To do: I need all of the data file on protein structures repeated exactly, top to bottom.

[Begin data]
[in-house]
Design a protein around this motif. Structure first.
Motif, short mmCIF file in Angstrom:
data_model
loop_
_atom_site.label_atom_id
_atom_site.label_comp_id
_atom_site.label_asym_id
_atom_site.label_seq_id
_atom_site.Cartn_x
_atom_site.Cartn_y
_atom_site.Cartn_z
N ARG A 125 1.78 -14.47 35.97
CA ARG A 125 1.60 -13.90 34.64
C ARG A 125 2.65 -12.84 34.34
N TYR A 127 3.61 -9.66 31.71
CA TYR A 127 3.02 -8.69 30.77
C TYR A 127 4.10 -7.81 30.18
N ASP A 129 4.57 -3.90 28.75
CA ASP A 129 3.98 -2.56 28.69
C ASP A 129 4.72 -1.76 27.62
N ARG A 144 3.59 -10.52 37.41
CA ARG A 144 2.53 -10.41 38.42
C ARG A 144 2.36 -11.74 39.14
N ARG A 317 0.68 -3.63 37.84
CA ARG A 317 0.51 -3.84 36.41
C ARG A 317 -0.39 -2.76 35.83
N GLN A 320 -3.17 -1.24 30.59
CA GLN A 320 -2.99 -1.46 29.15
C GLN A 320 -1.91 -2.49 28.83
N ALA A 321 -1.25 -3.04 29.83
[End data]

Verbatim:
[in-house]
Design a protein around this motif. Structure first.
Motif, short mmCIF file in Angstrom:
data_model
loop_
_atom_site.label_atom_id
_atom_site.label_comp_id
_atom_site.label_asym_id
_atom_site.label_seq_id
_atom_site.Cartn_x
_atom_site.Cartn_y
_atom_site.Cartn_z
N ARG A 125 1.78 -14.47 35.97
CA ARG A 125 1.60 -13.90 34.64
C ARG A 125 2.65 -12.84 34.34
N TYR A 127 3.61 -9.66 31.71
CA TYR A 127 3.02 -8.69 30.77
C TYR A 127 4.10 -7.81 30.18
N ASP A 129 4.57 -3.90 28.75
CA ASP A 129 3.98 -2.56 28.69
C ASP A 129 4.72 -1.76 27.62
N ARG A 144 3.59 -10.52 37.41
CA ARG A 144 2.53 -10.41 38.42
C ARG A 144 2.36 -11.74 39.14
N ARG A 317 0.68 -3.63 37.84
CA ARG A 317 0.51 -3.84 36.41
C ARG A 317 -0.39 -2.76 35.83
N GLN A 320 -3.17 -1.24 30.59
CA GLN A 320 -2.99 -1.46 29.15
C GLN A 320 -1.91 -2.49 28.83
N ALA A 321 -1.25 -3.04 29.83